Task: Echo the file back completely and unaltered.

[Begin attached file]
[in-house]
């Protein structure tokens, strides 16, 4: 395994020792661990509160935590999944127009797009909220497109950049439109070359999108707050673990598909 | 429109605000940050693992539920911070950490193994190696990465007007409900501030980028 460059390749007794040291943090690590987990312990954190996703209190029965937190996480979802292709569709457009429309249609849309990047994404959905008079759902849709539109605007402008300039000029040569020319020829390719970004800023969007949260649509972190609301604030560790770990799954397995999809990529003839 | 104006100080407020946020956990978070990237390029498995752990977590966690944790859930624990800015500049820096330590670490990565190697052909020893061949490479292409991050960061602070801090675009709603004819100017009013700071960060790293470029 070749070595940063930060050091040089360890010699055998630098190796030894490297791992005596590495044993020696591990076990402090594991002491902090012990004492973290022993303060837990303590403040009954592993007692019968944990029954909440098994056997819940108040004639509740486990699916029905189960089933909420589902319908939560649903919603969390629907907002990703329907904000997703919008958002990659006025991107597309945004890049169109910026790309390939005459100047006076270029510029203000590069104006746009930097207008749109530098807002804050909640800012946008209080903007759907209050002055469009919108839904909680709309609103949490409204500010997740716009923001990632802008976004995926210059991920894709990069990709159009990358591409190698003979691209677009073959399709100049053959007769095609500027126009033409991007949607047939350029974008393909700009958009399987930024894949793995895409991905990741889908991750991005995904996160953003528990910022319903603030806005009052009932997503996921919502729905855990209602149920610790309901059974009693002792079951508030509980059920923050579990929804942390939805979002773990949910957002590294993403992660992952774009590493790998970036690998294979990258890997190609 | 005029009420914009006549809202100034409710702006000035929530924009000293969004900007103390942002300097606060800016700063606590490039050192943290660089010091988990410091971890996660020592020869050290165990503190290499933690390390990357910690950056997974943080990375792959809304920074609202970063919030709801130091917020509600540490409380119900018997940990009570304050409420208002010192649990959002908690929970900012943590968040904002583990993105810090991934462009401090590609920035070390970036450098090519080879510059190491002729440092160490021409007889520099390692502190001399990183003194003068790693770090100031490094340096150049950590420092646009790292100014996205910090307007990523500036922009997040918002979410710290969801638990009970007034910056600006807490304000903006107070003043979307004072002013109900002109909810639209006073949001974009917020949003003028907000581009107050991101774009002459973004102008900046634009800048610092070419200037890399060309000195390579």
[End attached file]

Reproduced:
[in-house]
């Protein structure tokens, strides 16, 4: 395994020792661990509160935590999944127009797009909220497109950049439109070359999108707050673990598909 | 429109605000940050693992539920911070950490193994190696990465007007409900501030980028 460059390749007794040291943090690590987990312990954190996703209190029965937190996480979802292709569709457009429309249609849309990047994404959905008079759902849709539109605007402008300039000029040569020319020829390719970004800023969007949260649509972190609301604030560790770990799954397995999809990529003839 | 104006100080407020946020956990978070990237390029498995752990977590966690944790859930624990800015500049820096330590670490990565190697052909020893061949490479292409991050960061602070801090675009709603004819100017009013700071960060790293470029 070749070595940063930060050091040089360890010699055998630098190796030894490297791992005596590495044993020696591990076990402090594991002491902090012990004492973290022993303060837990303590403040009954592993007692019968944990029954909440098994056997819940108040004639509740486990699916029905189960089933909420589902319908939560649903919603969390629907907002990703329907904000997703919008958002990659006025991107597309945004890049169109910026790309390939005459100047006076270029510029203000590069104006746009930097207008749109530098807002804050909640800012946008209080903007759907209050002055469009919108839904909680709309609103949490409204500010997740716009923001990632802008976004995926210059991920894709990069990709159009990358591409190698003979691209677009073959399709100049053959007769095609500027126009033409991007949607047939350029974008393909700009958009399987930024894949793995895409991905990741889908991750991005995904996160953003528990910022319903603030806005009052009932997503996921919502729905855990209602149920610790309901059974009693002792079951508030509980059920923050579990929804942390939805979002773990949910957002590294993403992660992952774009590493790998970036690998294979990258890997190609 | 005029009420914009006549809202100034409710702006000035929530924009000293969004900007103390942002300097606060800016700063606590490039050192943290660089010091988990410091971890996660020592020869050290165990503190290499933690390390990357910690950056997974943080990375792959809304920074609202970063919030709801130091917020509600540490409380119900018997940990009570304050409420208002010192649990959002908690929970900012943590968040904002583990993105810090991934462009401090590609920035070390970036450098090519080879510059190491002729440092160490021409007889520099390692502190001399990183003194003068790693770090100031490094340096150049950590420092646009790292100014996205910090307007990523500036922009997040918002979410710290969801638990009970007034910056600006807490304000903006107070003043979307004072002013109900002109909810639209006073949001974009917020949003003028907000581009107050991101774009002459973004102008900046634009800048610092070419200037890399060309000195390579």